If DirecTV fails to lock up NFL Sunday Ticket beyond this coming season, AT&T has given itself the right to back away from the colossal $48.5 billion acquisition announced yesterday. The out clause contained in the proposal’s fine print shows just how valuable of a property the NFL is. "The parties also have agreed that in the unlikely event that DirecTV’s agreement for the NFL Sunday Ticket service is not renewed substantially on the terms discussed between the parties, AT&T may elect not to consummate the merger," it reads.

The careful wording also says that AT&T won’t be able to collect any damages if this scenario plays out. DirecTV just has to prove that it "used its reasonable best efforts to obtain such renewal." And from the sounds of it, the satellite provider is already trying its best to get the deal done.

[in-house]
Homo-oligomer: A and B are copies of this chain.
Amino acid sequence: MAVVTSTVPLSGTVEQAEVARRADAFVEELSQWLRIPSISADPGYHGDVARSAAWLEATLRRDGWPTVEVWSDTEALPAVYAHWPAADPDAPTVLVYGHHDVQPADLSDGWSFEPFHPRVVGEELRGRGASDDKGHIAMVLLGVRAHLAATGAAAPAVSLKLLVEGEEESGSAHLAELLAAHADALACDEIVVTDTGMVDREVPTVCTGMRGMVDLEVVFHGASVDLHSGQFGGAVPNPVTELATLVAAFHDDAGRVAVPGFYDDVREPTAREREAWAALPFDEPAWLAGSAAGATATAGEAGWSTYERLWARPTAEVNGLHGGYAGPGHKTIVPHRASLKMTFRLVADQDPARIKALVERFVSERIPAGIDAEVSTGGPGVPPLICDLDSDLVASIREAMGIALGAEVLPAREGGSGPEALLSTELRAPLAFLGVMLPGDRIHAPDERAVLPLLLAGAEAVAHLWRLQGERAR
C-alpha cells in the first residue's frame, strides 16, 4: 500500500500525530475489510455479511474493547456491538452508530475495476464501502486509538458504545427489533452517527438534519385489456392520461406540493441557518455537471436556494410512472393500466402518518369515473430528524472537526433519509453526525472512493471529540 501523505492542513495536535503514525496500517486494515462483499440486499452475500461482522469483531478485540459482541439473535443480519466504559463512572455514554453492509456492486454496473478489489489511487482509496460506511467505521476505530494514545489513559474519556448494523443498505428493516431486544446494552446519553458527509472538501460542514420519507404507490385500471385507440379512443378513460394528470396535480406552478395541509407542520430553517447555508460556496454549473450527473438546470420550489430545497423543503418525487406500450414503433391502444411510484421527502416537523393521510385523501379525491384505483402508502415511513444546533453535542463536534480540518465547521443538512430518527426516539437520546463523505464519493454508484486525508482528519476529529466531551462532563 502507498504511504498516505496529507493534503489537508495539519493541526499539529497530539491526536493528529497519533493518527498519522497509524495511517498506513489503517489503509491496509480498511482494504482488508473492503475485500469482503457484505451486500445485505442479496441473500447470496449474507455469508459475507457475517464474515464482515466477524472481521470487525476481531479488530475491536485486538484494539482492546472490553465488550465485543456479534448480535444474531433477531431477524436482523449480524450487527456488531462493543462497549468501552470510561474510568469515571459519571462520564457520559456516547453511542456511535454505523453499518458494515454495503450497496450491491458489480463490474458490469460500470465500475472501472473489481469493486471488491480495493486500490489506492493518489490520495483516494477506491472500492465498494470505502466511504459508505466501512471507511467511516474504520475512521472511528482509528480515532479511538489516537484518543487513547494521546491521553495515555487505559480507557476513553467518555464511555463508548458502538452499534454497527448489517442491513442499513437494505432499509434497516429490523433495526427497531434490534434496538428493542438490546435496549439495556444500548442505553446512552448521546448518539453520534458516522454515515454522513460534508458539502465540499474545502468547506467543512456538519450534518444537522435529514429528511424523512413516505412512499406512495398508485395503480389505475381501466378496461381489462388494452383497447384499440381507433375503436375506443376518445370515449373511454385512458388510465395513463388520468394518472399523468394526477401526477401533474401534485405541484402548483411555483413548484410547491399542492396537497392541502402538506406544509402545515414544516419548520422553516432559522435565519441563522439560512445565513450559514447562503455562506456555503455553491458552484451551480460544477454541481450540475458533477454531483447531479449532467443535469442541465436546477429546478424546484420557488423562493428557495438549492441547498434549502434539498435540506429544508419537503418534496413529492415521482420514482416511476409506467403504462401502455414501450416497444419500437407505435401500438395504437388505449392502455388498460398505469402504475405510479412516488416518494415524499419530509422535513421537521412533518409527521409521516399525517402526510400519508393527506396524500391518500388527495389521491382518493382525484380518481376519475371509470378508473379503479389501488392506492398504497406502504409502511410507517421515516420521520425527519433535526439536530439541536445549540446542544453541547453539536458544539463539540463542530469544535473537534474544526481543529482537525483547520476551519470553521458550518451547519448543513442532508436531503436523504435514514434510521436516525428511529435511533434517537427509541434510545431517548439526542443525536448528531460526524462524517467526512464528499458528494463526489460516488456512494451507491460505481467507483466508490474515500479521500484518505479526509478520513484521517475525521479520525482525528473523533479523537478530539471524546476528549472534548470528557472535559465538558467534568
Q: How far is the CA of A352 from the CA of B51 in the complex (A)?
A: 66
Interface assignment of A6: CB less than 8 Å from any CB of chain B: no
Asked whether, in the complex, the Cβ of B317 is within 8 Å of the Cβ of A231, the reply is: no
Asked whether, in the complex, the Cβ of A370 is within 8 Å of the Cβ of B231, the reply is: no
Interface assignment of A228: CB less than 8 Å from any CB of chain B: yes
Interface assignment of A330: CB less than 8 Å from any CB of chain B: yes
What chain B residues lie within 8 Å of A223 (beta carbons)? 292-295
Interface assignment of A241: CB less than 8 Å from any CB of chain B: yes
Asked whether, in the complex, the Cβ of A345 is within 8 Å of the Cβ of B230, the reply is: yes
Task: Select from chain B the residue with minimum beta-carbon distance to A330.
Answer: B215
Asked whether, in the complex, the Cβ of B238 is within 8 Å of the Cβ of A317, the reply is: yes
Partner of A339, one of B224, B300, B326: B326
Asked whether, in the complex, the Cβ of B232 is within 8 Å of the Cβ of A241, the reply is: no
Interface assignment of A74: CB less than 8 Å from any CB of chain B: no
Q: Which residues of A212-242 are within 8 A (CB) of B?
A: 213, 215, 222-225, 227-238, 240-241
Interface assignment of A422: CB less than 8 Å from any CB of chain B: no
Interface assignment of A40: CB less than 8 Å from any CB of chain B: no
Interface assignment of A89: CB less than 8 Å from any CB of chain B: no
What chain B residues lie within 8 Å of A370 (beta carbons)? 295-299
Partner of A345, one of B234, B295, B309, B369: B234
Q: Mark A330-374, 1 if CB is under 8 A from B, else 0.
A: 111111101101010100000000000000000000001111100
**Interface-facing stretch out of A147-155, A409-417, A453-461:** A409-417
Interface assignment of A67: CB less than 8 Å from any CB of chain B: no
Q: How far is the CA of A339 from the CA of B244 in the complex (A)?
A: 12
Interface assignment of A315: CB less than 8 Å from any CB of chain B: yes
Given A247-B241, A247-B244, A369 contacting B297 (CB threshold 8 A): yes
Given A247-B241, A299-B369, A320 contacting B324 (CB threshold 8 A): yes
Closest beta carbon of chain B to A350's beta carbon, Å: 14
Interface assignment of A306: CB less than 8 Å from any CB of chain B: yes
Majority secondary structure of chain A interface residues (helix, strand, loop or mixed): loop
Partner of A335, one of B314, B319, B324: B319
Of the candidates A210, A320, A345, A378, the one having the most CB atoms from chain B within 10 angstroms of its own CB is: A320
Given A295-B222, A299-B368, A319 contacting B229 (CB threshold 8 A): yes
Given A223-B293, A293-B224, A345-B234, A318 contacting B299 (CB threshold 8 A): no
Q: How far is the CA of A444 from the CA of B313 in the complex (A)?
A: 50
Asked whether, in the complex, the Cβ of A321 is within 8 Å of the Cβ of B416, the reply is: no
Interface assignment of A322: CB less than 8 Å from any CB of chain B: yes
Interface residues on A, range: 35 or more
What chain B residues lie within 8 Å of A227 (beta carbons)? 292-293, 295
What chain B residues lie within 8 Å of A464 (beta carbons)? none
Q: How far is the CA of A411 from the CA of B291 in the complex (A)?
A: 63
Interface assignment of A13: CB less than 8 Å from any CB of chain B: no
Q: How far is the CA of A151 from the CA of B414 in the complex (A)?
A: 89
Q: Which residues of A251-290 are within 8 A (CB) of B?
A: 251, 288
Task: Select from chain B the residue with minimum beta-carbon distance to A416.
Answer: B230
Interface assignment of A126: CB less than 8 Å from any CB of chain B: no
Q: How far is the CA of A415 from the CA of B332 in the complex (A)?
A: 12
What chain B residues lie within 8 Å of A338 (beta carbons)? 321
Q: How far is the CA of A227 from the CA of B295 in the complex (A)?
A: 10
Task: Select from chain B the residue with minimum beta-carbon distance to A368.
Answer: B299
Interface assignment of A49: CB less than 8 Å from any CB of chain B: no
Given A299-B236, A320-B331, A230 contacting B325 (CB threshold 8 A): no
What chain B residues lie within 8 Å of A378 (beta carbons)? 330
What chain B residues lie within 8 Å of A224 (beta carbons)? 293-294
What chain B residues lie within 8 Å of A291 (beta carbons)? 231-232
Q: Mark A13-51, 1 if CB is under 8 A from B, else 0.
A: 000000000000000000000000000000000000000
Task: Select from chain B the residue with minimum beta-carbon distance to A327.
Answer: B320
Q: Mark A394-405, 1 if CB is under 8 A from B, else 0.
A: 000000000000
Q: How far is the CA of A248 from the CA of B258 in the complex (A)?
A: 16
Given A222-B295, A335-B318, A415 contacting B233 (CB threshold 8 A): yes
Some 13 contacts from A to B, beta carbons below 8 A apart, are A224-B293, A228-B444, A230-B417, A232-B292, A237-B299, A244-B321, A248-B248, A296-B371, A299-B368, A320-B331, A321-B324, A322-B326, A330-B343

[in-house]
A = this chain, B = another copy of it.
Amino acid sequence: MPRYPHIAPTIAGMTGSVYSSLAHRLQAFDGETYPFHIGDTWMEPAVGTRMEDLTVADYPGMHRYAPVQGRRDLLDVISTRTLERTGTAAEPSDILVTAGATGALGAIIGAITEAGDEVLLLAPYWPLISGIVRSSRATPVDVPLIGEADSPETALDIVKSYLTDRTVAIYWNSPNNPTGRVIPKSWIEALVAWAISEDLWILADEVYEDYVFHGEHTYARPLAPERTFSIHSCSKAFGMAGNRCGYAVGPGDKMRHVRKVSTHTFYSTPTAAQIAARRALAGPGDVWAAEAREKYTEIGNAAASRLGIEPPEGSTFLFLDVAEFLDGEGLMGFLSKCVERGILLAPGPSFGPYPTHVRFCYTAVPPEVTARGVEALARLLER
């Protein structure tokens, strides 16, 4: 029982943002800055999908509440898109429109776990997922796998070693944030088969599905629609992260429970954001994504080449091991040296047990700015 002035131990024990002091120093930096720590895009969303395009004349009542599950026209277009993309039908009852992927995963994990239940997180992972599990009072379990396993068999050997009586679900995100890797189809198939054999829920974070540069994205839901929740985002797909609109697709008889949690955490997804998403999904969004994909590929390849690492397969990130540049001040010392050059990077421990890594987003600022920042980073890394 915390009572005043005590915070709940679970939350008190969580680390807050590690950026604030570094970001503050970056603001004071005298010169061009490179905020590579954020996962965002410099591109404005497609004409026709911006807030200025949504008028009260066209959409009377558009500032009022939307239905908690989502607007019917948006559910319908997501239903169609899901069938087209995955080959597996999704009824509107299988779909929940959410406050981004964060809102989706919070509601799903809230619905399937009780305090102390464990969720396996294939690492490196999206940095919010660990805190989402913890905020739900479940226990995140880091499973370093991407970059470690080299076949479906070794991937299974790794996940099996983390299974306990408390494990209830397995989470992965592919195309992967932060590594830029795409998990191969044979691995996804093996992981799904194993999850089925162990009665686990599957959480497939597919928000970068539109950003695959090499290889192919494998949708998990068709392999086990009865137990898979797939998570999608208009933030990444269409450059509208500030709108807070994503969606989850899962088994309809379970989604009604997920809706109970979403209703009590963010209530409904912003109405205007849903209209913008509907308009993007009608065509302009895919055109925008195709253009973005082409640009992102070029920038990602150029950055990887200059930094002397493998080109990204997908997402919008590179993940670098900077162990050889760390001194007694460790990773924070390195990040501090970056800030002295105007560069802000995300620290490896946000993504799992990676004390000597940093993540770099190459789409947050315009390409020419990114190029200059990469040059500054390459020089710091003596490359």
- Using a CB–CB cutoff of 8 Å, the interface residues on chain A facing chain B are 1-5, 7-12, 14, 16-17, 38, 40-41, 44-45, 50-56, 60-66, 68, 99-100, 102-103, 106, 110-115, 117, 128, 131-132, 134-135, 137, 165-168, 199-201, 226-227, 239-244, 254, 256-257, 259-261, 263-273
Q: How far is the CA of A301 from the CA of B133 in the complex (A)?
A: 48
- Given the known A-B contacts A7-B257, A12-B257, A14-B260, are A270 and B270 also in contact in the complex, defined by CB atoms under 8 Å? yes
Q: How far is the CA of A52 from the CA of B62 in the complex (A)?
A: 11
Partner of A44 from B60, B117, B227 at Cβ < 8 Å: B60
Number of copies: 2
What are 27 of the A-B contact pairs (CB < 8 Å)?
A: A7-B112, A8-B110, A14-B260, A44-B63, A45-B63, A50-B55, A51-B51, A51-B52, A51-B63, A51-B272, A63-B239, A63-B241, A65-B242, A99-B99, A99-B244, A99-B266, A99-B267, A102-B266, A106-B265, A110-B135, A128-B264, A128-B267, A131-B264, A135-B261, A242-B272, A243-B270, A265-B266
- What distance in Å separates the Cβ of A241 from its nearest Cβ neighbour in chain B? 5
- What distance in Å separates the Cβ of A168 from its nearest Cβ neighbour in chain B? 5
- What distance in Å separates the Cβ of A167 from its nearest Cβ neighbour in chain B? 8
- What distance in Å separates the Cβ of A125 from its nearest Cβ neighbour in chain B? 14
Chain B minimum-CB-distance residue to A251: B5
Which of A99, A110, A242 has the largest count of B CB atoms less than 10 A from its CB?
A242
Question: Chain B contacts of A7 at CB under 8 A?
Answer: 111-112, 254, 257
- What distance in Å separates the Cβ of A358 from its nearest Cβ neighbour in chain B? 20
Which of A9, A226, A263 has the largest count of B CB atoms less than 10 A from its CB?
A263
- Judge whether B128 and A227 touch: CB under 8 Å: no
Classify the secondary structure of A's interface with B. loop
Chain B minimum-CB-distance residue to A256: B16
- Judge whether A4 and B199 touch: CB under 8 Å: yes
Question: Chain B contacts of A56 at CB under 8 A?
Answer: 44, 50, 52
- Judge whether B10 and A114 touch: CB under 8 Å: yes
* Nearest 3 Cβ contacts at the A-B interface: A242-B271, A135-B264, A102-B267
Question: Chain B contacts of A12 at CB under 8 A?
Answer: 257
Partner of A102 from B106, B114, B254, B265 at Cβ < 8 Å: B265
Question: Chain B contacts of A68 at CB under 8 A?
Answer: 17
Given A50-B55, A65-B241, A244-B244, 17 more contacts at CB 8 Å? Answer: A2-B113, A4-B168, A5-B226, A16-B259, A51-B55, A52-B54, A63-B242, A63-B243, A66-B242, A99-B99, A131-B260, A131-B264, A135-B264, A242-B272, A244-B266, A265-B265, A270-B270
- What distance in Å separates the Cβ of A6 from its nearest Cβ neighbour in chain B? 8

The NFL is hugely important

During today’s conference call focused on the merger, DirecTV CEO Mike White expressed confidence that the NFL will be back on board by the end of 2014. "Nothing changes from my perspective," he said. If successful, the AT&T/DirecTV deal isn’t expected to close for at least a year, so White has some time to work with. And there’s no guarantee that AT&T would immediately run away from the original plan if Sunday Ticket falls through. Neither side made it sound like a deal breaker during today's call, and DirecTV obviously has other assets and millions of subscribers that AT&T is very interested in.

But the clause must be there for a reason, and it puts the NFL in a position of tremendous power. The league will likely use that influence to sign an even more lucrative contract with DirecTV. A historic $48.5 billion merger may depend on it.